• New (1998 upload) Star Trek theory: James Kirk plot ideas, Voyage etc copied from Captain James Cook?

Star Trek; New Theory?

Rae West © 1998, 2000


This idea struck me (in Jan 1994!) and I don't think I've heard it anywhere else. There's a belief that Captain Cook's voyages as recorded in log-books and journals include a passage in which Australian aborigines could not perceive the ships as they hove into view - they were literally unable to see them. Unfortunately I wasn't able to verify this attractive idea, at least with my Everyman copy: they just seemed cautious, rightly so, in fact, in view of their forthcoming 'holocaust'. (NB: this year, near Lake Victoria in Australia, tens of thousands of skeletons were discovered..) But several parallels with Star Trek (early version) occurred to me as I read:-

    The name: James Kirk sounds like James Cook (it's surprisingly difficult to check Cook's first name is 'James'; he almost always is brusquely called just 'Cook'. Only in an obituary notice in my book is he addressed as 'Captain James Cook'; one imagines he spent his whole life stiffly being called 'Mr Cook'.)

    He was always called 'Captain' (in fact his title was 'Lieutenant Commander')

    Cook in the Endeavour, with a lieutenant, gunner, carpenter, surgeon, and others, voyaged for four or five years, not at all unlike the Enterprise '..a five year mission to explore..'

    The Star Trek vocabulary is oddly past-regarding and nautical in many ways: 'Ship to ship', 'your vessel', Captain Kirk's 'yeoman', 'Admiral', 'hailing frequencies open', 'engines', 'shore-leave', 'tractor beam', the 'ship's bridge'. I seem to remember they even had a ceremony of piping people 'aboard'. The only reason I can think of for using ships as models is that they were the only really big transport machines when science fiction was developing.

    One of the ridiculous features of 'Star Trek' is the way in which hyper-developed technology is supposed not to apply to weapons - there was a similar absurdity in Star Wars, and of course it's probably necessary to the plot, which otherwise would come to a sudden stop. However, it is applicable to the sort of situation Cook was in. (Similarly, H G Wells's War of the Worlds could be considered a possible parable of the impact of modern weaponry on undeveloped countries).

    I found a 'James Scott' listed as one of the ships officers. There are 'Sulu Islands' somewhere in the area.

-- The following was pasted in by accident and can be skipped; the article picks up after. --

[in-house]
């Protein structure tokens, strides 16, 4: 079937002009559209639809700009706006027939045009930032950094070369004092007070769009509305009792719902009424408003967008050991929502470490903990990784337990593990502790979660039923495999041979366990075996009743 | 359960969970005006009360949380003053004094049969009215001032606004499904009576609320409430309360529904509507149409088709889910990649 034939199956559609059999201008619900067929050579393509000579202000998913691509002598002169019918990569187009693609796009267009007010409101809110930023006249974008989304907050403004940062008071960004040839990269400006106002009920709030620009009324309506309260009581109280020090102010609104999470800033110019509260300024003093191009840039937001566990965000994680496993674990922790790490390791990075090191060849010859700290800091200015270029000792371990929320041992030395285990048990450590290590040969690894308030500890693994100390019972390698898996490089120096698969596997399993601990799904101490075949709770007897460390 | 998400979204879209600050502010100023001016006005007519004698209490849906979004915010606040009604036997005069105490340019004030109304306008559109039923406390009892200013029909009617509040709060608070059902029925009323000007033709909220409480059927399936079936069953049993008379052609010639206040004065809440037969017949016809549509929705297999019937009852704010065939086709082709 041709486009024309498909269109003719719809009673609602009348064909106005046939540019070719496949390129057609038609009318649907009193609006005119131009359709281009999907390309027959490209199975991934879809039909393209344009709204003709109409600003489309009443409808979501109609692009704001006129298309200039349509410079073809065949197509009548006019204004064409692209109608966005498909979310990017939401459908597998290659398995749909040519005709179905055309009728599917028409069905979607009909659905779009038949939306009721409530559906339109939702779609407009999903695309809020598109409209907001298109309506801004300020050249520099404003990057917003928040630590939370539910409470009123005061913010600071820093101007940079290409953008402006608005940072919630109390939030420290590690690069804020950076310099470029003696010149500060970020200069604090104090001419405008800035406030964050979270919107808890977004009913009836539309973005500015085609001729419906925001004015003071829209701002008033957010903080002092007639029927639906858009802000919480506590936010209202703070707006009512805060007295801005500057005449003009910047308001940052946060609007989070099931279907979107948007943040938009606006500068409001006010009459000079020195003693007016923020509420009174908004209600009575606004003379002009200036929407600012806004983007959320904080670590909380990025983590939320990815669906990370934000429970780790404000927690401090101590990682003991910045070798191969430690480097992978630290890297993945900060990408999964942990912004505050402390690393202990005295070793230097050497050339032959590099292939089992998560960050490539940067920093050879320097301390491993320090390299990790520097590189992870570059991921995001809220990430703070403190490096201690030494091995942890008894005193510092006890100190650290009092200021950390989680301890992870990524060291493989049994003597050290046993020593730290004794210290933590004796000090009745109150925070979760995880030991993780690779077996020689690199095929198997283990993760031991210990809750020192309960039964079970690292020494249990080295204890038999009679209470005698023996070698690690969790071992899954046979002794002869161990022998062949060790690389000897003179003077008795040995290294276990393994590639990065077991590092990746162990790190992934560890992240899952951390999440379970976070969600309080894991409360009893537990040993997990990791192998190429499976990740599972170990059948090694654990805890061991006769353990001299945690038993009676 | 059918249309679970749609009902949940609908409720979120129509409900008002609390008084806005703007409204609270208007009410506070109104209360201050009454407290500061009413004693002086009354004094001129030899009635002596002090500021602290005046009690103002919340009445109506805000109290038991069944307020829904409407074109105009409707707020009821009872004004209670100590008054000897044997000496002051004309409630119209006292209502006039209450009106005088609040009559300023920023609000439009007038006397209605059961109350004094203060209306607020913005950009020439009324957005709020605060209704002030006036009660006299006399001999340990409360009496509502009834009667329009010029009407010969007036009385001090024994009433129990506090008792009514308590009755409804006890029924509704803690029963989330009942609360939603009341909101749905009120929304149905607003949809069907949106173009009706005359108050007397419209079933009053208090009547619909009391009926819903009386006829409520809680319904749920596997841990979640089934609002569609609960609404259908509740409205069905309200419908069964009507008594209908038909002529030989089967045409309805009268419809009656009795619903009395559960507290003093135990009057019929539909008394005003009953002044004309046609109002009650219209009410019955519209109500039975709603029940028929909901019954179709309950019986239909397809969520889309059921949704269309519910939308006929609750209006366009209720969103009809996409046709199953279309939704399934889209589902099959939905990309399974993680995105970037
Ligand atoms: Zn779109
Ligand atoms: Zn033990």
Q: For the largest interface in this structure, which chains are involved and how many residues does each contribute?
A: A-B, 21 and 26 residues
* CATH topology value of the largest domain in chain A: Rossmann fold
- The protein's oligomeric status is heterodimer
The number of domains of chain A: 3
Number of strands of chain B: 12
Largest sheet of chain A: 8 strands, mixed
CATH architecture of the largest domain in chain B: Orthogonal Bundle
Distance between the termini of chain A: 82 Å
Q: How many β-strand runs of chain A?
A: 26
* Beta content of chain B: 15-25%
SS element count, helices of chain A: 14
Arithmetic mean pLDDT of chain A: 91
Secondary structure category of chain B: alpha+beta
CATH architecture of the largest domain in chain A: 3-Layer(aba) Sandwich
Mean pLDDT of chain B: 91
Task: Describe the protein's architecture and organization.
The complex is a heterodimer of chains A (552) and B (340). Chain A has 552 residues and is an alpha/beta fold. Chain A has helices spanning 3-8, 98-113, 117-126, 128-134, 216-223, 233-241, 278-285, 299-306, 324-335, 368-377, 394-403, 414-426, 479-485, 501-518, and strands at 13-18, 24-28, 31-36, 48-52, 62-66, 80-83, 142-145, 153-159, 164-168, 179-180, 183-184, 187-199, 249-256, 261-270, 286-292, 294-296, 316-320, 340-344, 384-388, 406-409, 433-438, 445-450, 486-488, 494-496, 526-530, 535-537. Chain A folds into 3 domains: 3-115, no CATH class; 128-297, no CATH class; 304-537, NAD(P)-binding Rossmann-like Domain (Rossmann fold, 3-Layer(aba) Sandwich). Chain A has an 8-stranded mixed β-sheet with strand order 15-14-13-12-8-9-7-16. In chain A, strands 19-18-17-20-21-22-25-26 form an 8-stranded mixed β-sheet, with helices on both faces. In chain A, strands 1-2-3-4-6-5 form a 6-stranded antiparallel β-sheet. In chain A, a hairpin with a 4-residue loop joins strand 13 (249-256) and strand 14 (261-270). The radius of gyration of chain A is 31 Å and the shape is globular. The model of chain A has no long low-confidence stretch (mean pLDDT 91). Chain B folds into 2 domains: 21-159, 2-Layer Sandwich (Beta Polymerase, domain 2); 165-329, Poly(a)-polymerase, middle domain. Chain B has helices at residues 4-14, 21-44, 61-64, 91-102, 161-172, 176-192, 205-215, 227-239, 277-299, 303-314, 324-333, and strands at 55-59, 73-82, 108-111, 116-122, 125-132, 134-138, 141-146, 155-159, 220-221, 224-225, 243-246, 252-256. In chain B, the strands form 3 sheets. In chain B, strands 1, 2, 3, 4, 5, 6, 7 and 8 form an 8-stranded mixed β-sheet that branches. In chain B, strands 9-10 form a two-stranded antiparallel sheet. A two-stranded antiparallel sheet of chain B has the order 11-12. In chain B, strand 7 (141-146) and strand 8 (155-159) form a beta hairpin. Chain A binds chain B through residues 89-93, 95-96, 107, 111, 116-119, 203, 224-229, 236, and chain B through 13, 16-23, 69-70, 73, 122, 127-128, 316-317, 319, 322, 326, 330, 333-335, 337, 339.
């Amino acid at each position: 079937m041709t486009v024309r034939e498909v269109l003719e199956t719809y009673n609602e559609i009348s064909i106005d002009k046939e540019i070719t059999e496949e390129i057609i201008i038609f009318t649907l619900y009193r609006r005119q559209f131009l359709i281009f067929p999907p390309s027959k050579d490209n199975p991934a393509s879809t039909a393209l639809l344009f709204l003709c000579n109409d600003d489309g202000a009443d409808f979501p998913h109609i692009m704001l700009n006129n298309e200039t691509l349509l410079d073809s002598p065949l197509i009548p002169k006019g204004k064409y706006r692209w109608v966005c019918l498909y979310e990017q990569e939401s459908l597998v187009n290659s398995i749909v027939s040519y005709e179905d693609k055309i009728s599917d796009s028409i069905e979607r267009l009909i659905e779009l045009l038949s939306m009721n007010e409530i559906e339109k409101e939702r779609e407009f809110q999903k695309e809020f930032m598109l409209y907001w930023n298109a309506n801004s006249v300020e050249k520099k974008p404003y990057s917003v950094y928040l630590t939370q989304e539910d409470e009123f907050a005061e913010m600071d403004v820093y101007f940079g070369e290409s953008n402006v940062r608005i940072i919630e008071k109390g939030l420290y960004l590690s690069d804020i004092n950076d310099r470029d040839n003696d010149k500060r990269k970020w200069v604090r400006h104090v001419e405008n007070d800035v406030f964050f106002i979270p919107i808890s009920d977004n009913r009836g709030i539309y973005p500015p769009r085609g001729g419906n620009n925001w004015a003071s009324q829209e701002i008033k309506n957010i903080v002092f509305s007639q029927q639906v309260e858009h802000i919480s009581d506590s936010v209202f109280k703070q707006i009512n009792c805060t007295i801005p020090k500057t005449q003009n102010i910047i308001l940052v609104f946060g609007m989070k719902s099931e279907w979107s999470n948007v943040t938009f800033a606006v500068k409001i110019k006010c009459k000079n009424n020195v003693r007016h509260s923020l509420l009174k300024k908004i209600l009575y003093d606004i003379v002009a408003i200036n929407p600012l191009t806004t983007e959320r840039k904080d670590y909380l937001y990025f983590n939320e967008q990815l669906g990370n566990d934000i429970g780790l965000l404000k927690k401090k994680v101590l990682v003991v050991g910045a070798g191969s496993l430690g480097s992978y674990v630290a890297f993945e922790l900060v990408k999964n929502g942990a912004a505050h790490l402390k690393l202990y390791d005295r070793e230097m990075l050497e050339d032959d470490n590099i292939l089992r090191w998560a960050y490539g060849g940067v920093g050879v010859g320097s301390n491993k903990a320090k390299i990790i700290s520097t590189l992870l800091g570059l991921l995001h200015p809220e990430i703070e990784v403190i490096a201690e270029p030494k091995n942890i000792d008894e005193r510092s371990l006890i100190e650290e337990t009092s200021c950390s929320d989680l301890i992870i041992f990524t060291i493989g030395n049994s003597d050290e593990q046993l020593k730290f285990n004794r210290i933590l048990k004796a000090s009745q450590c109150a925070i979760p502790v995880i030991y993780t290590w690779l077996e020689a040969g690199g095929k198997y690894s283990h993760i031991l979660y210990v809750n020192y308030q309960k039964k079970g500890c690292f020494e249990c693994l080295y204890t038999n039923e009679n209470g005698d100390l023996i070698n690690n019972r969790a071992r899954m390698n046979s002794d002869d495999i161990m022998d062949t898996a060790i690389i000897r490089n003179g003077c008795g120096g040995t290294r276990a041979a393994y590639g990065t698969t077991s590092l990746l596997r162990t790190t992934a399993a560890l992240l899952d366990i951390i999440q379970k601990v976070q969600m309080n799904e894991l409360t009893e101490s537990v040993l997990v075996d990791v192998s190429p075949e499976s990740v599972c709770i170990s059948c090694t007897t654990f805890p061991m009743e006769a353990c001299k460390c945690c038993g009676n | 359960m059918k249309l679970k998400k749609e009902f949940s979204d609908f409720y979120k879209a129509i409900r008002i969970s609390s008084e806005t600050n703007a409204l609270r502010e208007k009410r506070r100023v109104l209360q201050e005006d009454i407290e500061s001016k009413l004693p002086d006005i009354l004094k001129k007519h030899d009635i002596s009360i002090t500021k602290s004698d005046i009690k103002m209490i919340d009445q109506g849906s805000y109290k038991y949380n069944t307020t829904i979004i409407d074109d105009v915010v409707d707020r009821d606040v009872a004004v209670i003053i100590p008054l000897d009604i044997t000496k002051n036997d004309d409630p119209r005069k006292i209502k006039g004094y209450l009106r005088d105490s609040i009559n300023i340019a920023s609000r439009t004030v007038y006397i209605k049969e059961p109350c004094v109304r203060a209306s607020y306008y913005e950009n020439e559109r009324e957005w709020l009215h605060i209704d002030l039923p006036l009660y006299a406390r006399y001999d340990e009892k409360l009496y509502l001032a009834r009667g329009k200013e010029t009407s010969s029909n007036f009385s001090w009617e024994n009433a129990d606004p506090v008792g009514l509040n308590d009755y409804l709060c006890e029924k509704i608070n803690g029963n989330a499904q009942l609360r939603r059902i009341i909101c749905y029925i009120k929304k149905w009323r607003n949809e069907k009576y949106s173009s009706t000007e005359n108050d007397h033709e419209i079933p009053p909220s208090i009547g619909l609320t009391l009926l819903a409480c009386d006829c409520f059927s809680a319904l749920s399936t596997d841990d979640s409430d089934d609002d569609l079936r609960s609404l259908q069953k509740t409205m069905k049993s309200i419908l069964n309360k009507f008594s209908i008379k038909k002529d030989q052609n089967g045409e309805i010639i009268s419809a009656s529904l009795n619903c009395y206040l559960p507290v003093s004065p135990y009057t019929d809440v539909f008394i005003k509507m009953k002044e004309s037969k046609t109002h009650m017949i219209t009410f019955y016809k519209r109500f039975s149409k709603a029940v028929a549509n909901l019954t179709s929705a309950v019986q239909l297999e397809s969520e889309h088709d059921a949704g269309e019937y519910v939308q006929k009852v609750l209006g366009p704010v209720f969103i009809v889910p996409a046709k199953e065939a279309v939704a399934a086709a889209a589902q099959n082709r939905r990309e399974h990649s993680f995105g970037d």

The (supposed) missions sound similar. That is, Cook observed the odd eclipse of the sun and transit of Venus, and collected botanical information; but probably the main motives for his voyages were empire-building. (Incidentally, according to Jillian Robertson, despite the many references of Australians to Cook, Cook had no love for nor any special interest in Australia). Similarly, although the Enterprise is supposed to 'explore strange new worlds', in fact virtually no exploration is done - I suppose Trekkies are too dim-witted to notice this.

    There are parallels for pinching ideas for science fiction; Arthur C Clarke based his main series of stories on Gibbon's Decline and Fall..

    It seems possible that the sort of adventures recorded by Cook - icebergs, waterspouts, poisonous fish, scurvy, trading with natives in canoes, real or supposed cannibalism and human sacrifice, ships losing contact, kings of 'great majesty', shootings of the occasional 'native', language differences, volcanic eruptions, dexterity with spears, strange medical practices, everlasting snow, occasional sexual topics - were used to provide the basis for single episodes.

    There's an amusing filmic parallel with Hollywood films involving ships, namely that the really expensive bit is filming people getting on or off the boats. See for example the not very convincing computer graphics in the film Titanic. Similarly, Star Trek cuts down the expense here with its low-budget transporter.


NEWS!! Aficionados of the absurd will be pleased to see that the British Science Museum is to have an exhibition, apparently 'created by the Oregon Museum of Science and Industry in association with Paramount Pictures.' '.. a range of Star TrekTM related mechandise will be on sale ..'

      Their handout (©Paramount Pictures) repeats the ridiculous lie that 'science and technology in STAR TREK were based on sound scientific principles.' May their exhibition fail!

Star Trek - The Next Generation. New Theory!   © Rae West March 30, 2014

'The Next Generation' was late 1980s and early 1990s; as far as I know the full green screen and 3D computer graphics and character simulation were not yet developed. So the special effects now look unspecial. As regards plots, I suspect some of the outline *may* have been taken from Khazaria, for reasons dear to the hearts of people from that area. The Khazars became partly or wholly converted to Judaism; there were Muslims nearby, and the Byzantine Christian Empire, with its hints of Roman origin. To the north were many tribes, notably the Rus. There were Turks, Huns, and others.

    Without wishing to delve into immense detail, the Varangian Rus sound like the 'Ferengi'; the trader characters must have had real-life approximate equivalents; the Romulans sound a bit like Romans, and the Klingons like brutal Christians of the Jewish mind set. Perhaps the fighters were loosely based on Hollywood films of gladiators? Cardassians might have been suggested by other groups of the early middle ages; I'm not interested enough to compare and contrast. But maybe.

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HTML Rae West First uploaded 1998-04-08 Revd 1998-07-27 Science Museum 2000-10-18